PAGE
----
This article is about the fact that the property sold during the key transfer “for normal use” must be suitable. The toilets must flush properly, the hot water and the heating must do it and there must not be any serious leaks.

Except for all goods that are not good, but that were already made known to the buyer during the purchase. If you buy a DIY house where nothing works properly anymore, the sales broker will make this clear to you in the sales brochure and during the viewing.

Article 6.4
The seller declares that it is or is not known to him whether there is contamination in the home, asbestos, old underground oil tanks in the garden, or that the soil is contaminated or that there are decisions that require the soil to be cleaned up.

Article 6.5
Just before parties go to the notary for the key transfer, the buyer has the right to inspect the property. This actually always happens.

Article 6.6
The seller guarantees that there are no improvements or repair cases imposed by the government on the property. For example if the situation has seriously subsided and the government has made a letter to the owner to take action on this.

Article 6.7
Is the property a (national) monument or a protected town or village view, then that is stated here. It is important to remember that in such cases you may not always be able to make changes to the home easily.

Article 6.8
The seller declares that he has not promised to sell the property to anyone else or that he may be required to do so. For example, because he has given a purchase option to the neighbour.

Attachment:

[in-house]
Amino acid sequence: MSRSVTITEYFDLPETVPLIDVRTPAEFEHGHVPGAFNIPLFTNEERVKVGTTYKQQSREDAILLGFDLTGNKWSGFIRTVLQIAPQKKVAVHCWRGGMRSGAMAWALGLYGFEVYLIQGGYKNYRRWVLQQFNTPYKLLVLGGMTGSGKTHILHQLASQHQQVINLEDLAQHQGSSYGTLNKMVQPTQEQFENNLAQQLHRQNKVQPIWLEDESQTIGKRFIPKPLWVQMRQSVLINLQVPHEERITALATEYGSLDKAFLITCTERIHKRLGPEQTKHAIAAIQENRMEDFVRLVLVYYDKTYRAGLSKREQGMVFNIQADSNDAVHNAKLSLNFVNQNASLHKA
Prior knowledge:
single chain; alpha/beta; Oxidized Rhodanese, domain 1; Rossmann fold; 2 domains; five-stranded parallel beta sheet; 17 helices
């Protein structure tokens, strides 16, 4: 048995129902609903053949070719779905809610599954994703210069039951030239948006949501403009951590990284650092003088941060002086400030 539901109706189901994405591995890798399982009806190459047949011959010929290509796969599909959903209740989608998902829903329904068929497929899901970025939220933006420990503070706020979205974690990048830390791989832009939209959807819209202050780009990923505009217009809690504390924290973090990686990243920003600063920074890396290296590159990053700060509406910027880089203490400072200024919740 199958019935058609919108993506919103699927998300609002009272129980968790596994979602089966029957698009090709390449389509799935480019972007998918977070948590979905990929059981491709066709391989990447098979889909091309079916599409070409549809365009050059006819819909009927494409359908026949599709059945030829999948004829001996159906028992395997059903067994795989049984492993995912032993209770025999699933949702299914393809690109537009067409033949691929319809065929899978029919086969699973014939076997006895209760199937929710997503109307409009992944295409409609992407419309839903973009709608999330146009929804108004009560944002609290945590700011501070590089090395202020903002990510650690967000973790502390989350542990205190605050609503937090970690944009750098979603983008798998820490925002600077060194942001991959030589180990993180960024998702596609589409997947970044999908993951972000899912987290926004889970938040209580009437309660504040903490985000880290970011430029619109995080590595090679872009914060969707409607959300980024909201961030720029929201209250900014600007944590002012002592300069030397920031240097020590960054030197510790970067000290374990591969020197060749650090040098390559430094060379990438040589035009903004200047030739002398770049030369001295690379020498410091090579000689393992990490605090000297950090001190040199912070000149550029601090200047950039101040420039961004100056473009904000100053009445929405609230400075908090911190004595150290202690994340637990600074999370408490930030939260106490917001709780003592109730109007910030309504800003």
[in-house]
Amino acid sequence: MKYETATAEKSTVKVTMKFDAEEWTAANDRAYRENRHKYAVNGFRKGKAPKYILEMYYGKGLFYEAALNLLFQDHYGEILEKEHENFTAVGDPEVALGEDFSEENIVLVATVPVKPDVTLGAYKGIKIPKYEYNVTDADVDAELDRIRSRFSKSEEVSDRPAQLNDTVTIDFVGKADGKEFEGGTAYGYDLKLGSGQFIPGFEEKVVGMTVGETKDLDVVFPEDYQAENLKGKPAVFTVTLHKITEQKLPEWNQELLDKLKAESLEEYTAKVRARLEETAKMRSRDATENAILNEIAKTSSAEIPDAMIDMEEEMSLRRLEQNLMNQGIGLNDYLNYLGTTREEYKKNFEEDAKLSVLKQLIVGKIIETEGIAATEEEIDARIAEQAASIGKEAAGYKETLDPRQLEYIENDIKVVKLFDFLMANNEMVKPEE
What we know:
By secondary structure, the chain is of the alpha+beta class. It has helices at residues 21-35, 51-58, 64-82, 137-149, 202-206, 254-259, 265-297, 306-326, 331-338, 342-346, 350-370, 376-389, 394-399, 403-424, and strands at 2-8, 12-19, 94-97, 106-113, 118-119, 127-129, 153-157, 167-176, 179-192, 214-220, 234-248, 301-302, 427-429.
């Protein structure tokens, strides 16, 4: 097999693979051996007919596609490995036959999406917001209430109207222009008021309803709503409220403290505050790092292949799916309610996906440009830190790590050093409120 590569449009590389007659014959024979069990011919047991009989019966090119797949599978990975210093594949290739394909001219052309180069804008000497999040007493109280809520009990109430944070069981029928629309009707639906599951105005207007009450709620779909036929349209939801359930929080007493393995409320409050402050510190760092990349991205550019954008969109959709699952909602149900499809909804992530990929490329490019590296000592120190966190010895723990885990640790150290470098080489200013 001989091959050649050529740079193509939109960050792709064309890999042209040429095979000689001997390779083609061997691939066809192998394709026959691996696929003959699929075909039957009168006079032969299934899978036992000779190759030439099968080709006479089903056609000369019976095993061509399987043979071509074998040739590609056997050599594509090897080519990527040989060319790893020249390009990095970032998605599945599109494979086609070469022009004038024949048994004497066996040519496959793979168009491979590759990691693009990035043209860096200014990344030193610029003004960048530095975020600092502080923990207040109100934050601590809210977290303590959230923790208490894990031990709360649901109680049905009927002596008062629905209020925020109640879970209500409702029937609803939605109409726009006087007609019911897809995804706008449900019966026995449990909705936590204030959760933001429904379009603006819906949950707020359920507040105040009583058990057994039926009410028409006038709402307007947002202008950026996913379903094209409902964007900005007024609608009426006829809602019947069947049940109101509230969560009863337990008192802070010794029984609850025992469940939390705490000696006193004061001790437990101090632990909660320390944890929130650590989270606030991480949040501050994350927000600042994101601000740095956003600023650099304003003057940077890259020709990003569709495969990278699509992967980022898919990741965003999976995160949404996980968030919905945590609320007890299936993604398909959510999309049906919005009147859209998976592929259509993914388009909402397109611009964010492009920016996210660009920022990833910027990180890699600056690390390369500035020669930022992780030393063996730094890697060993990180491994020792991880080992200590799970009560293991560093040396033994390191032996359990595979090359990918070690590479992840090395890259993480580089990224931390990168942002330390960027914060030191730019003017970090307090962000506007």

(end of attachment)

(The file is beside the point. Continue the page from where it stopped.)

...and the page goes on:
Article 6.9
The seller also declares that he should NOT have offered his home for sale to the municipality first. For example, because the municipality has plans for the land.

Article 6.10
If there are tenants in the home, it may be that they may remove things from the home if they leave them. For example a kitchen block or a shower head.

Article 6.11
This includes that if the buyer understood during the purchase that the home is 100 m2, for example, and this is actually 90 m2, that the purchaser may derive rights from the apparently smaller surface area and demand money from the seller. however, the seller excludes liability here.

Please note: this article does not stand in practice. Case law teaches us that in such cases, the buyer can often successfully claim substantial compensation from the seller or his broker, despite this article!

Sellers note: measure the property carefully in accordance with the NEN2580 measurement instruction or be careful when you mention surfaces!

Article 6.12
If ground lease applies, the seller will always declare that he has paid his annual ground rent for this.

Article 6.13
If the seller indicates that it is not known to him, for example, that there is asbestos in the home and this appears to be there, then the seller can still be held liable for this. This is, among other things, the reason that at the end of the deed of sale there are a lot of clauses (such as the asbestos clause) that exclude this liability.

Article 7
Article 7.1
The ownership of the property actually transfers when the keys are handed over. You usually do this at the notary during the legal transfer of ownership. If there are still tenants or installations that are rented/leased in the home, this must be stated in this article.

Article 7.2
The property is neatly vacated and vacated upon transfer, except for all matters with which the parties in the “List of Affairs” have agreed that they will be left behind (eg curtains, wardrobe, refrigerator, etc.).

Article 7.3
If the purchase agreement has been signed, the seller may not simply place tenants in the home or enter into lease contracts for the home. Unless he has received permission from the buyer.

Article 7.4
It may well be that the seller still has guarantees on things in the home. Maybe guarantees on the new extension, the new dishwasher, the floor insulation etc. All these guarantees are transferred to the buyer. It is important that the seller leaves all guarantee booklets and preferably also all the documentation that he has of this type of goods in the home for the buyer.